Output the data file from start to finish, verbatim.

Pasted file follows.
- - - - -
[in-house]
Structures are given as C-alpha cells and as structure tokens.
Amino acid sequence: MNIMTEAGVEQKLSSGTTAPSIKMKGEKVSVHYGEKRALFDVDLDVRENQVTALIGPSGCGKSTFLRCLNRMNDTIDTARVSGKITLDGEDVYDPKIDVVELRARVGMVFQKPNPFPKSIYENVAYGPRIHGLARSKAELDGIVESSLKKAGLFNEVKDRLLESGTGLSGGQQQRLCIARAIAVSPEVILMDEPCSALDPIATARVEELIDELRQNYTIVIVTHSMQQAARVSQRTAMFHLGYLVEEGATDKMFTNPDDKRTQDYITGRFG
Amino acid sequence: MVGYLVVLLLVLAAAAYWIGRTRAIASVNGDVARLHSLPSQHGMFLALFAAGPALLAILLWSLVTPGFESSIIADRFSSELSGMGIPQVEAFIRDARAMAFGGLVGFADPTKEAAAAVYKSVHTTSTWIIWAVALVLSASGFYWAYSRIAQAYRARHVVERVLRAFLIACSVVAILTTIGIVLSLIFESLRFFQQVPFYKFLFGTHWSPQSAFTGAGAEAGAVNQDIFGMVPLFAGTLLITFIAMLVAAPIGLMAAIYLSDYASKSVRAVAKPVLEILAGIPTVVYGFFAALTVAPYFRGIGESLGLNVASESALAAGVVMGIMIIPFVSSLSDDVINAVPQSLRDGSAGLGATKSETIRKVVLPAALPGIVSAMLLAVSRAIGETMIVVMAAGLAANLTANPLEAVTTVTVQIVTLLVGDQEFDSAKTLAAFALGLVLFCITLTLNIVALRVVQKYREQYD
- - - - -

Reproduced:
[in-house]
Structures are given as C-alpha cells and as structure tokens.
Amino acid sequence: MNIMTEAGVEQKLSSGTTAPSIKMKGEKVSVHYGEKRALFDVDLDVRENQVTALIGPSGCGKSTFLRCLNRMNDTIDTARVSGKITLDGEDVYDPKIDVVELRARVGMVFQKPNPFPKSIYENVAYGPRIHGLARSKAELDGIVESSLKKAGLFNEVKDRLLESGTGLSGGQQQRLCIARAIAVSPEVILMDEPCSALDPIATARVEELIDELRQNYTIVIVTHSMQQAARVSQRTAMFHLGYLVEEGATDKMFTNPDDKRTQDYITGRFG
Amino acid sequence: MVGYLVVLLLVLAAAAYWIGRTRAIASVNGDVARLHSLPSQHGMFLALFAAGPALLAILLWSLVTPGFESSIIADRFSSELSGMGIPQVEAFIRDARAMAFGGLVGFADPTKEAAAAVYKSVHTTSTWIIWAVALVLSASGFYWAYSRIAQAYRARHVVERVLRAFLIACSVVAILTTIGIVLSLIFESLRFFQQVPFYKFLFGTHWSPQSAFTGAGAEAGAVNQDIFGMVPLFAGTLLITFIAMLVAAPIGLMAAIYLSDYASKSVRAVAKPVLEILAGIPTVVYGFFAALTVAPYFRGIGESLGLNVASESALAAGVVMGIMIIPFVSSLSDDVINAVPQSLRDGSAGLGATKSETIRKVVLPAALPGIVSAMLLAVSRAIGETMIVVMAAGLAANLTANPLEAVTTVTVQIVTLLVGDQEFDSAKTLAAFALGLVLFCITLTLNIVALRVVQKYREQYD